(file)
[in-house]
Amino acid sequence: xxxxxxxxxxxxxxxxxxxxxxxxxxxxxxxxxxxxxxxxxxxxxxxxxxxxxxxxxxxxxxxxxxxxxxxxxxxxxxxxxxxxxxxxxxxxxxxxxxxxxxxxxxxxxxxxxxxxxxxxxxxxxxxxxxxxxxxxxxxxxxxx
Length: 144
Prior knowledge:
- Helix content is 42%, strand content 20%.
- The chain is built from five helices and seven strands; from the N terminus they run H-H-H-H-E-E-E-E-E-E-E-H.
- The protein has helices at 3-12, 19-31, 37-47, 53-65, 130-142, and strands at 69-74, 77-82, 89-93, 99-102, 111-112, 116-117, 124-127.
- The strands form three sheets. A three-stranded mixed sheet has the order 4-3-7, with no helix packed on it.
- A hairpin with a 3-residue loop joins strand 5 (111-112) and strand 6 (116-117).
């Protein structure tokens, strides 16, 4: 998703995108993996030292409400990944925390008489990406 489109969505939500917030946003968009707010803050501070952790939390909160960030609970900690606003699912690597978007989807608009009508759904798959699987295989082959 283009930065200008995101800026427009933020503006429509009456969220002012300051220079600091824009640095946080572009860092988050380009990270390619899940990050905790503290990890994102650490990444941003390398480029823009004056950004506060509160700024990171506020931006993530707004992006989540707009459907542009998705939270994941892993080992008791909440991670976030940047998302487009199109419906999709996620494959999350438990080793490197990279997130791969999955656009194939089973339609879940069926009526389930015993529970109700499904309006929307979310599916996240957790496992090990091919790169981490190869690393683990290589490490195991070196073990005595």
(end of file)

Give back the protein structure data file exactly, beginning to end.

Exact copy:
[in-house]
Amino acid sequence: xxxxxxxxxxxxxxxxxxxxxxxxxxxxxxxxxxxxxxxxxxxxxxxxxxxxxxxxxxxxxxxxxxxxxxxxxxxxxxxxxxxxxxxxxxxxxxxxxxxxxxxxxxxxxxxxxxxxxxxxxxxxxxxxxxxxxxxxxxxxxxxx
Length: 144
Prior knowledge:
- Helix content is 42%, strand content 20%.
- The chain is built from five helices and seven strands; from the N terminus they run H-H-H-H-E-E-E-E-E-E-E-H.
- The protein has helices at 3-12, 19-31, 37-47, 53-65, 130-142, and strands at 69-74, 77-82, 89-93, 99-102, 111-112, 116-117, 124-127.
- The strands form three sheets. A three-stranded mixed sheet has the order 4-3-7, with no helix packed on it.
- A hairpin with a 3-residue loop joins strand 5 (111-112) and strand 6 (116-117).
């Protein structure tokens, strides 16, 4: 998703995108993996030292409400990944925390008489990406 489109969505939500917030946003968009707010803050501070952790939390909160960030609970900690606003699912690597978007989807608009009508759904798959699987295989082959 283009930065200008995101800026427009933020503006429509009456969220002012300051220079600091824009640095946080572009860092988050380009990270390619899940990050905790503290990890994102650490990444941003390398480029823009004056950004506060509160700024990171506020931006993530707004992006989540707009459907542009998705939270994941892993080992008791909440991670976030940047998302487009199109419906999709996620494959999350438990080793490197990279997130791969999955656009194939089973339609879940069926009526389930015993529970109700499904309006929307979310599916996240957790496992090990091919790169981490190869690393683990290589490490195991070196073990005595």